By Kalle Oakes

Staff Writer

The only thing more delicious than watching the New York Yankees and their $53 trillion payroll lose is seeing how they do it.

Two nights after they slapped around Curt Schilling and beat the Boston Red Sox, taking two out of three and giving their front-running fandom a glimmer of hope, the real Yankees reappeared Friday.

Pitching-poor and desperate. Unfit to be included in the wild-card discussion, much less a legitimate threat to finish within 20 games of the American League East lead.

Summer began with a tale of two 10-6 games Friday evening.

In the Bronx, the Bombers were treated for whiplash after watching the immortal Chone Figgins and Casey Kotchman club mammoth home runs at the expense of their Triple-A pitching staff.

Deep in the heart of Texas, the Sox rode out a two-hour rain delay and a substandard start by a violently ill Daisuke Matsuzaka. Then they celebrated four lights-out innings from their bullpen to win going away.

The knee-slapping element of this inevitable collapse is observing George Steinbrenner’s implosion. Not that I wish a slow descent into dementia upon anyone, but heck, if he’s going to take the plunge publicly, far be it from me to turn a blind eye and fail to redeem the full entertainment value.

King George has unraveled into the rambling, out-of-touch, impotent nut job who inspired a fringe character on “Seinfeld” from 1992 to ’95. That’s when the Tampa Bay Devil Rays weren’t around to play flotation device for the remainder of the AL East and protect the Yankees from the cellar.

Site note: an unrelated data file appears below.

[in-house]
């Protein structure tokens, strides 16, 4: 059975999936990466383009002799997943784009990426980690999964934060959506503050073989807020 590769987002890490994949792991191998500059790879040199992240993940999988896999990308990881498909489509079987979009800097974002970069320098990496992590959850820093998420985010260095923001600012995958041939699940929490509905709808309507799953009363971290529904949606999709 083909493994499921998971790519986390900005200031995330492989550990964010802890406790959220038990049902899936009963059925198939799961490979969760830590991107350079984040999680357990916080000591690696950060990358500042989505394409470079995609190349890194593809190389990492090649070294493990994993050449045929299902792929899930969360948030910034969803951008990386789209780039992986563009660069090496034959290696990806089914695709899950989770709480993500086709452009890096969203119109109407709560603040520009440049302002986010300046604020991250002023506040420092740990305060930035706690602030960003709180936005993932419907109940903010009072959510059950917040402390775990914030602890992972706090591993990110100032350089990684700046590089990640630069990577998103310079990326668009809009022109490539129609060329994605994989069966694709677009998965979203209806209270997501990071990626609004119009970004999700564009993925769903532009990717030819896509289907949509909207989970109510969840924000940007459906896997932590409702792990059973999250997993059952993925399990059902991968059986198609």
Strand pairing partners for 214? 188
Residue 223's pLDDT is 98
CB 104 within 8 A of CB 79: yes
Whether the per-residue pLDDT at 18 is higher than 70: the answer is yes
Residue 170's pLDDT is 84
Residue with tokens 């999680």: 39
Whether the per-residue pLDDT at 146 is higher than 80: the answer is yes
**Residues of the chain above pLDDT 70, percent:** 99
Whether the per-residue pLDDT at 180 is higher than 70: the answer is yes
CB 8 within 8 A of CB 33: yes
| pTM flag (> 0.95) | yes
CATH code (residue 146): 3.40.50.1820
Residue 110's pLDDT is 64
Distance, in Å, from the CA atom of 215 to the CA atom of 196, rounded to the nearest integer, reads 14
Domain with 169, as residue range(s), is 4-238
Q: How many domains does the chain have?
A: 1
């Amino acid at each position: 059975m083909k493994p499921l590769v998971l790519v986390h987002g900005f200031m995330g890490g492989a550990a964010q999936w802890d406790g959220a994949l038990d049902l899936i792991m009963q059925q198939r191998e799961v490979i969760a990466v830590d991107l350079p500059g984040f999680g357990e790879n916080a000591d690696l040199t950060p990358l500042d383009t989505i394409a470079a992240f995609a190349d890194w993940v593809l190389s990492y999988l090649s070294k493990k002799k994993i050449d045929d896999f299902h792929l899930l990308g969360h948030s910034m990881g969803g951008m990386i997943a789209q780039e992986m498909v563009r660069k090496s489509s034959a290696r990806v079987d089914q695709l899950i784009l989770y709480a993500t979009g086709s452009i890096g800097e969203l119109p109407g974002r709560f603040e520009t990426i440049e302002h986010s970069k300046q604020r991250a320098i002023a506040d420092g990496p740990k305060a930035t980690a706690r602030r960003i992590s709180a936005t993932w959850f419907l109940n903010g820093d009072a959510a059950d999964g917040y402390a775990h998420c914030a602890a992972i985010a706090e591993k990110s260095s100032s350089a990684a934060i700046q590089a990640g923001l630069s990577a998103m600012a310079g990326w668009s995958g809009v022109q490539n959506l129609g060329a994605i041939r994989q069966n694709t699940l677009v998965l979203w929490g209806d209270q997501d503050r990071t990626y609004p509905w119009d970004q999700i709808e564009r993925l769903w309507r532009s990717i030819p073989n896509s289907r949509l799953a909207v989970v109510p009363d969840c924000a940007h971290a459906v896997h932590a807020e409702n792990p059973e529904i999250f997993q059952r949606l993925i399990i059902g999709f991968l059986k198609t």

In a rambling soliloquy deemed a “rare interview” by the suck-up media, Steinbrenner went off Thursday.

He painted desperate General Manager Brian Cashman as sitting on the end of “a big hook.” Presumably that means he’ll be fired before Roger Clemens can duck his first start at Fenway Park.

In other, um, news, Steinbrenner belatedly begged Jason Giambi to take a vow of silence, praised Andy Pettitte and Derek Jeter (even a notoriously blind judge of character can recognize class when he sees it for a dozen years), and raved about the future of bench coach Don Mattingly (Translation: “Please, please, PLEASE don’t go manage the Astros until I have a chance to give Joe Torre the golden parachute.”)

Much like the Montreal Canadiens, Notre Dame football and Larry King, the Yankees are given excessive respect based upon ancient history. I hear so much about those 26 world championships. Nobody ever mentions that two of the franchise’s last three decades have been dark and untitled. ‘Tis not a dynasty.

The current Yankees, like the boob who owns the team, are much closer to the end than the beginning.

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